Validator Operations

1. Overview

Validators in the Shardeum network play a pivotal role in maintaining the blockchain's integrity and efficiency. By managing state storage, processing transactions, participating in consensus mechanisms, and upholding the rules through staking and slashing, validators ensure the network operates smoothly and securely.

validator Operations

2. State Storage by Validators

  • Current State Focus: Validators are responsible for storing the latest state of accounts within the Shardeum network. Unlike some networks that require storing the entire historical state, Shardeum validators focus on the current state.
    • Example: Imagine a validator that is responsible for maintaining the state of 1,000 accounts. If Account A initially has 100 SHM and transfers 0.01 SHM to Account B, the validator updates Account A's balance to 99.99 SHM and Account B's balance to reflect the additional 0.01 SHM. The validator does not keep a history of the previous balances, only the current state.
  • Role of Archive Servers: Historical data is managed by Archive Servers, which are designed to handle larger storage capacities and can manage vast amounts of historical state data without burdening the validators.
  • Detailed Data Storage: Validators manage various types of data, including user account data and smart contract data. Each piece of data is assigned a 32-byte address and is stored as account data at the protocol level. This means that any data a transaction can generate or modify must be stored by validators.
  • Dynamic Sharding: Validators manage state by utilizing a sharding mechanism where the account data is divided among various nodes. Each node is responsible for storing a portion of the total state, making the process efficient and scalable. This dynamic sharding ensures that the network can grow and handle more transactions without overloading individual nodes.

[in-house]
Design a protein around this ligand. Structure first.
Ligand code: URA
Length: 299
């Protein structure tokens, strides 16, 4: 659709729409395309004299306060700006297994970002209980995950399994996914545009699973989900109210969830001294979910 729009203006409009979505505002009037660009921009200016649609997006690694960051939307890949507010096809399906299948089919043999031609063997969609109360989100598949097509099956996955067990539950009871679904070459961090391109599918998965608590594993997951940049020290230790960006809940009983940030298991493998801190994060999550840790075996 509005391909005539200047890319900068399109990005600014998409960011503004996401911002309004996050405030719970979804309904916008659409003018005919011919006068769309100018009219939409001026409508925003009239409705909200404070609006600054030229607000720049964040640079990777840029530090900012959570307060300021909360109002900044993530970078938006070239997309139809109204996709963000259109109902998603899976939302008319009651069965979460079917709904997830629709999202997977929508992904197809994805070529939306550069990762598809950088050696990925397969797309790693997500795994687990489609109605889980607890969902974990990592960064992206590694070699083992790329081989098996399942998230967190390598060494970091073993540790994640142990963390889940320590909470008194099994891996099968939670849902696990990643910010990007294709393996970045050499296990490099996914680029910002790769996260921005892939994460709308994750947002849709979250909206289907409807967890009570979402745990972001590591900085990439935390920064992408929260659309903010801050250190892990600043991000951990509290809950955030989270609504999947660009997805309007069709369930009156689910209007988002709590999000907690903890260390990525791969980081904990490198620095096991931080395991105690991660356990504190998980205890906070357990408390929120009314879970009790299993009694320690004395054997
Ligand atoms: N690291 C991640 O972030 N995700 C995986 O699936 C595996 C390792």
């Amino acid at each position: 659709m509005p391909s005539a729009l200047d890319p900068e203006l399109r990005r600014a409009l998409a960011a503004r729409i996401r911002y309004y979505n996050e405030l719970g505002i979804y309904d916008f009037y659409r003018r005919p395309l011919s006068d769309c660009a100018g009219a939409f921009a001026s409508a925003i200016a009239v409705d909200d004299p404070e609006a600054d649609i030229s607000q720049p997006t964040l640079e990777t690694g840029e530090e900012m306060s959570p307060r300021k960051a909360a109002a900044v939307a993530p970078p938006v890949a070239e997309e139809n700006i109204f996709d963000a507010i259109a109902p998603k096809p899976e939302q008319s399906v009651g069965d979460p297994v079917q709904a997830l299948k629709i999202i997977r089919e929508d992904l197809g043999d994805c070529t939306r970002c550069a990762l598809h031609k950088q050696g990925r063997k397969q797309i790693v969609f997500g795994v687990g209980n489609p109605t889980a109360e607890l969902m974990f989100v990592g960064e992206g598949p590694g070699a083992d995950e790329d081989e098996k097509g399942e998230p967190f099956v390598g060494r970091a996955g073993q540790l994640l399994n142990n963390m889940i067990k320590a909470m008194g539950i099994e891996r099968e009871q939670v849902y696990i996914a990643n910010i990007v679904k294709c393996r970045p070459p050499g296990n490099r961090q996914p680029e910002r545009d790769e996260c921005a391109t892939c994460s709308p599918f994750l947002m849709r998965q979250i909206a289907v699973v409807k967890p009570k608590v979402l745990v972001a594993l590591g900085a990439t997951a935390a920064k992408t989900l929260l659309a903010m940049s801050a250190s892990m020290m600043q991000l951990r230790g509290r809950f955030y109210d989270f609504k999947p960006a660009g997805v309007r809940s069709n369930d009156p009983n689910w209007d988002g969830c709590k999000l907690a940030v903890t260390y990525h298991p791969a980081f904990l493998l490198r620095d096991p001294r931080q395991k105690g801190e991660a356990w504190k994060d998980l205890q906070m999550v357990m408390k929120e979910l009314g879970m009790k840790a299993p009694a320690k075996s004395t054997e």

Validator Operations

2.1 Account Storage

Basic Structure:

  • In Shardeum, user accounts include externally owned accounts (EOAs) that hold balances and nonces.
  • These accounts enable users to send transactions and manage their holdings. Sharded Hash Trie:
  • The EVM uses Merkle Patricia Trees to organize and manage account storage.
  • This structure enables efficient verification of data integrity and state transitions by providing cryptographic proofs for account balances and nonces.
  • Unlike Merkle Patricia Trees (MPT), which are not compatible with a dynamically sharded network, Shardeum employs the Sharded Hash Trie structure.
  • This allows validators to patch the state efficiently within a sharded environment.


When a user sends a transaction, the state changes (like balance updates) are recorded in the Sharded Hash Trie. This ensures that the entire state can be efficiently verified and the history of state changes can be traced back cryptographically.

2.2 Contract Storage

  • Smart Contract Accounts: Smart contracts have specific storage requirements. A smart contract account holds the balance and nonce, and includes a pointer to the code bytes. The code bytes contain the actual machine code of the smart contract.
  • Code Bytes: The code for smart contracts is stored in a type of account called Code Bytes. This is essentially the compiled Solidity code in the form of EVM bytecode. Thus it’s the heaviest one.
  • Contract Storage: Smart contracts also maintain storage, which holds key-value pairs. Each key and value is 256 bits in size, and this storage is used to maintain the state specific to the smart contract.